Individuals who experience migraine headaches with auras may be at roughly double the risk of sustaining the most common type of stroke, according to a news release issued by Loyola University Health System. The release adds that this risk is more than tripled in migraine patients who smoke. Additionally, migraine patients who smoke and use birth control pills are seven times more likely to sustain strokes.

According to the release, a variety of individual studies and meta-analyses have demonstrated that individuals who have migraines with aura are at higher risk for ischemic stroke. Highlighting these and other studies, Loyola University Medical Center neurologists Michael Star, MD, and José Biller, MD, describe the link between stroke and migraine in a chapter in the new text Headache and Migraine Biology and Management.

About 85% of strokes are reported to be ischemic. The release says recent studies also indicate a link between migraines and hemorrhagic strokes.

Star and Biller write in the release that, “The biology underlying the relationship between migraine and stroke is poorly defined.”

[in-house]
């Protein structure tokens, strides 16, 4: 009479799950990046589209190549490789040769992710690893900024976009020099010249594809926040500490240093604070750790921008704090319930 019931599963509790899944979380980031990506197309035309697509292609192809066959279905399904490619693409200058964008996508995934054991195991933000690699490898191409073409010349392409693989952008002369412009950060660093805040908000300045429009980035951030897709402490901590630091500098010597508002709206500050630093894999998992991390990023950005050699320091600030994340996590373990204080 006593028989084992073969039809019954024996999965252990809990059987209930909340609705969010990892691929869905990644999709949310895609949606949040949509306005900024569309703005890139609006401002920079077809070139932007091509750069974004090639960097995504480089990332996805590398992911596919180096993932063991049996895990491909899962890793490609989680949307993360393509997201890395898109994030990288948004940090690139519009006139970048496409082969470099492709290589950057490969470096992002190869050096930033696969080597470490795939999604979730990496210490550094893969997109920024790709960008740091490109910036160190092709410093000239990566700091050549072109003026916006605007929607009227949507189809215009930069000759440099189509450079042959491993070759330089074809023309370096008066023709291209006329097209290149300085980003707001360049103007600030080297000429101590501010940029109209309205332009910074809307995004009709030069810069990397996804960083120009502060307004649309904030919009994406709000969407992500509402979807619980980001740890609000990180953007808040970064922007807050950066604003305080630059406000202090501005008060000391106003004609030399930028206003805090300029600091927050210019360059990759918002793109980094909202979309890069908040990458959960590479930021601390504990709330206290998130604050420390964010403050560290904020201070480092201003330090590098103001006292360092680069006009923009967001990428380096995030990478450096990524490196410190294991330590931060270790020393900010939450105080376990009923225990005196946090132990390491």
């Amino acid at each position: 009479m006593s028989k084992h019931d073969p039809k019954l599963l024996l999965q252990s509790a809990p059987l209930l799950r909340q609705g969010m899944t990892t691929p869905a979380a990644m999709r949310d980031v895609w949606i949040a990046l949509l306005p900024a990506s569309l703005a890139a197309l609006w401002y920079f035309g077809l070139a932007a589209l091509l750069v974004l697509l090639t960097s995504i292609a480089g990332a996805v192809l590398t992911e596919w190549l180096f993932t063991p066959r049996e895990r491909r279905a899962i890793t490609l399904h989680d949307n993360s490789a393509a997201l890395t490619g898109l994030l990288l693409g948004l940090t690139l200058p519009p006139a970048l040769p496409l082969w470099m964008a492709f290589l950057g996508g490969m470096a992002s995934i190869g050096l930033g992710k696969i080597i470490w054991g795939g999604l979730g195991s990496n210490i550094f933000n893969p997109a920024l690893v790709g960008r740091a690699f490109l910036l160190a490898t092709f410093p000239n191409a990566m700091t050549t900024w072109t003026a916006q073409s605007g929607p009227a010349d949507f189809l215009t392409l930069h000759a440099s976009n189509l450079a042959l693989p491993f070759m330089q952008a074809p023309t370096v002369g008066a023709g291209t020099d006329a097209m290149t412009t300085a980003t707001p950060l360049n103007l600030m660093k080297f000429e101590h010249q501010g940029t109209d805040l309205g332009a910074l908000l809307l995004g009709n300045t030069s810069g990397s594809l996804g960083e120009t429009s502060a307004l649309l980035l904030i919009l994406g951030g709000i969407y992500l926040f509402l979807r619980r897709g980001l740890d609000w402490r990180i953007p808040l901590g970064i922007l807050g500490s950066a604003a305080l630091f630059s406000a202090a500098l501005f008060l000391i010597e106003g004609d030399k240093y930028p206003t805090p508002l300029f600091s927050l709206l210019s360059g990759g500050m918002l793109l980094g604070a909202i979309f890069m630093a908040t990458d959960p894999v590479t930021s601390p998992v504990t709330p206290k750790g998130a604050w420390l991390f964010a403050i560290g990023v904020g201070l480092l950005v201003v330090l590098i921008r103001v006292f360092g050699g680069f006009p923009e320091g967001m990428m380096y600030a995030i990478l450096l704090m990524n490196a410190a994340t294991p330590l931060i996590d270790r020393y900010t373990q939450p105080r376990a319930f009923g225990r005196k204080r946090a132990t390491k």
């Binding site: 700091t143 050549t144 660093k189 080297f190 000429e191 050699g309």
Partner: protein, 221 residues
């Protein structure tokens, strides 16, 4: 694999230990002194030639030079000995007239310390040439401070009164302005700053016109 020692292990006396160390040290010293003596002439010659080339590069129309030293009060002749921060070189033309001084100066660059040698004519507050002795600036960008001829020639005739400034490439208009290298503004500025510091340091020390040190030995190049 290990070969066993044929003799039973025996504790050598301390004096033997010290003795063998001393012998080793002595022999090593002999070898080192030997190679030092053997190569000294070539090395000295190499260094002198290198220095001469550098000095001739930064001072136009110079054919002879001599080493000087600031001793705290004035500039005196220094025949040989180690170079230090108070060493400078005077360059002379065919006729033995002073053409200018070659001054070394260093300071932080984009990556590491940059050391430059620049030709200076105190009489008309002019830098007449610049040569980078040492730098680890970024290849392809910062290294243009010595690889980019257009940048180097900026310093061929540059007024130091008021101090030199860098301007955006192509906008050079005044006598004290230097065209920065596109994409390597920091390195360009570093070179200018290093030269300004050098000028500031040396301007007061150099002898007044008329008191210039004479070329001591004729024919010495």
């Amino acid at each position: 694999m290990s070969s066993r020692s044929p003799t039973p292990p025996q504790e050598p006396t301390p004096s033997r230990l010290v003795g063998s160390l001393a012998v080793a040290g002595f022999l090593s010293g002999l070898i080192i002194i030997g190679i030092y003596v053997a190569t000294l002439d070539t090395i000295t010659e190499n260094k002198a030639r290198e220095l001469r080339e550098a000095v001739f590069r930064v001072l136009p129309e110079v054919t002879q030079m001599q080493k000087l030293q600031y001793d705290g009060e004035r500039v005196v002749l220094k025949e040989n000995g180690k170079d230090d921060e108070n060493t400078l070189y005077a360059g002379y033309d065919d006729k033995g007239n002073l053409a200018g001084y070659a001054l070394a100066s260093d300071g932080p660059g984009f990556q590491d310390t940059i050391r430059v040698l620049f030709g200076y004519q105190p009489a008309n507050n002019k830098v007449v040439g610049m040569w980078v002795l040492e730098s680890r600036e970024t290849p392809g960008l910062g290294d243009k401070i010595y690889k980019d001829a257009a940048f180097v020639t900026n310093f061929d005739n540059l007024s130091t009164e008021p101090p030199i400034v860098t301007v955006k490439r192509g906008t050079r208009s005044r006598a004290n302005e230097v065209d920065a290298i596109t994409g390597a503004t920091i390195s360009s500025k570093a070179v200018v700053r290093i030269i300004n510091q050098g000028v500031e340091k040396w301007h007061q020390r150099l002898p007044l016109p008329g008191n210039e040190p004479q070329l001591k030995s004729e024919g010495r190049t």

Additionally, the release notes that researchers have also proposed a range of potential explanations for the migraine-stroke association.

These include explanations that suggest migraine patients are more likely to have risk factors for cardiovascular disease, including low levels of HDL and high levels of c-reactive proteins. Specific genes may also predispose individuals to sustain both migraines and stroke and medications to treat migraines may increase stroke risk, the release says. Also, researchers say a phenomenon occurring during migraine aura, known as cortical spreading depression, might trigger an ischemic stroke.

Star and Biller write that by taking all of these potential explanations into account, the research may spotlight a reciprocal casual relationship between stroke and migraine.

“There is a significant amount of research attempting to further elucidate this multifaceted relationship,” the authors say.

[Source(s): Newswise, Loyola University Health System]